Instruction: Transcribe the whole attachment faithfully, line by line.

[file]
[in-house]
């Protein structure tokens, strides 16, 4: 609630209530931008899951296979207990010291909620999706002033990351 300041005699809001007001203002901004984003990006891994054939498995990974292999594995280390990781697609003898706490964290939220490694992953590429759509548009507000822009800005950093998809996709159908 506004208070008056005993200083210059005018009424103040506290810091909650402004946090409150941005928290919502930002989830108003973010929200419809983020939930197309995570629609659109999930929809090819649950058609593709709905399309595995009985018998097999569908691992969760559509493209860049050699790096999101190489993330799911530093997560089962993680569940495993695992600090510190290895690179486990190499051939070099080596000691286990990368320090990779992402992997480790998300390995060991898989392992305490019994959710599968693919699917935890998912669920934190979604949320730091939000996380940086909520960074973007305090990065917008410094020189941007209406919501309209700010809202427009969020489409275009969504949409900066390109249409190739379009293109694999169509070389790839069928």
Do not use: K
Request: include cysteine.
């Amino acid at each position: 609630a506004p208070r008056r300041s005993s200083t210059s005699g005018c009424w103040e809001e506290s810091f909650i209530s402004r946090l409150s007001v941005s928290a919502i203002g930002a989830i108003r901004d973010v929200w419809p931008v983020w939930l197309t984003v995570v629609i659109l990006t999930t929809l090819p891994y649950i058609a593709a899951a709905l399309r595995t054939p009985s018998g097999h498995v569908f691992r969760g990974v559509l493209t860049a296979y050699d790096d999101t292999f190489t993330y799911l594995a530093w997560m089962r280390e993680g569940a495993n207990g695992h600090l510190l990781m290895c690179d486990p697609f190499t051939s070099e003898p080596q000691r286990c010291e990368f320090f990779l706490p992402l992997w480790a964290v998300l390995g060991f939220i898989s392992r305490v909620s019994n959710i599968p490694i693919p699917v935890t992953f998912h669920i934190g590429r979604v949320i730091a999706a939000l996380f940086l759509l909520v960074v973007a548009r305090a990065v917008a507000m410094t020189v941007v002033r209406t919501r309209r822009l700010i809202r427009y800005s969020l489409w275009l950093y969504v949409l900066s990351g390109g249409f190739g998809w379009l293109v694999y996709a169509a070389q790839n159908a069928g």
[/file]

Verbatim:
[in-house]
């Protein structure tokens, strides 16, 4: 609630209530931008899951296979207990010291909620999706002033990351 300041005699809001007001203002901004984003990006891994054939498995990974292999594995280390990781697609003898706490964290939220490694992953590429759509548009507000822009800005950093998809996709159908 506004208070008056005993200083210059005018009424103040506290810091909650402004946090409150941005928290919502930002989830108003973010929200419809983020939930197309995570629609659109999930929809090819649950058609593709709905399309595995009985018998097999569908691992969760559509493209860049050699790096999101190489993330799911530093997560089962993680569940495993695992600090510190290895690179486990190499051939070099080596000691286990990368320090990779992402992997480790998300390995060991898989392992305490019994959710599968693919699917935890998912669920934190979604949320730091939000996380940086909520960074973007305090990065917008410094020189941007209406919501309209700010809202427009969020489409275009969504949409900066390109249409190739379009293109694999169509070389790839069928």
Do not use: K
Request: include cysteine.
């Amino acid at each position: 609630a506004p208070r008056r300041s005993s200083t210059s005699g005018c009424w103040e809001e506290s810091f909650i209530s402004r946090l409150s007001v941005s928290a919502i203002g930002a989830i108003r901004d973010v929200w419809p931008v983020w939930l197309t984003v995570v629609i659109l990006t999930t929809l090819p891994y649950i058609a593709a899951a709905l399309r595995t054939p009985s018998g097999h498995v569908f691992r969760g990974v559509l493209t860049a296979y050699d790096d999101t292999f190489t993330y799911l594995a530093w997560m089962r280390e993680g569940a495993n207990g695992h600090l510190l990781m290895c690179d486990p697609f190499t051939s070099e003898p080596q000691r286990c010291e990368f320090f990779l706490p992402l992997w480790a964290v998300l390995g060991f939220i898989s392992r305490v909620s019994n959710i599968p490694i693919p699917v935890t992953f998912h669920i934190g590429r979604v949320i730091a999706a939000l996380f940086l759509l909520v960074v973007a548009r305090a990065v917008a507000m410094t020189v941007v002033r209406t919501r309209r822009l700010i809202r427009y800005s969020l489409w275009l950093y969504v949409l900066s990351g390109g249409f190739g998809w379009l293109v694999y996709a169509a070389q790839n159908a069928g």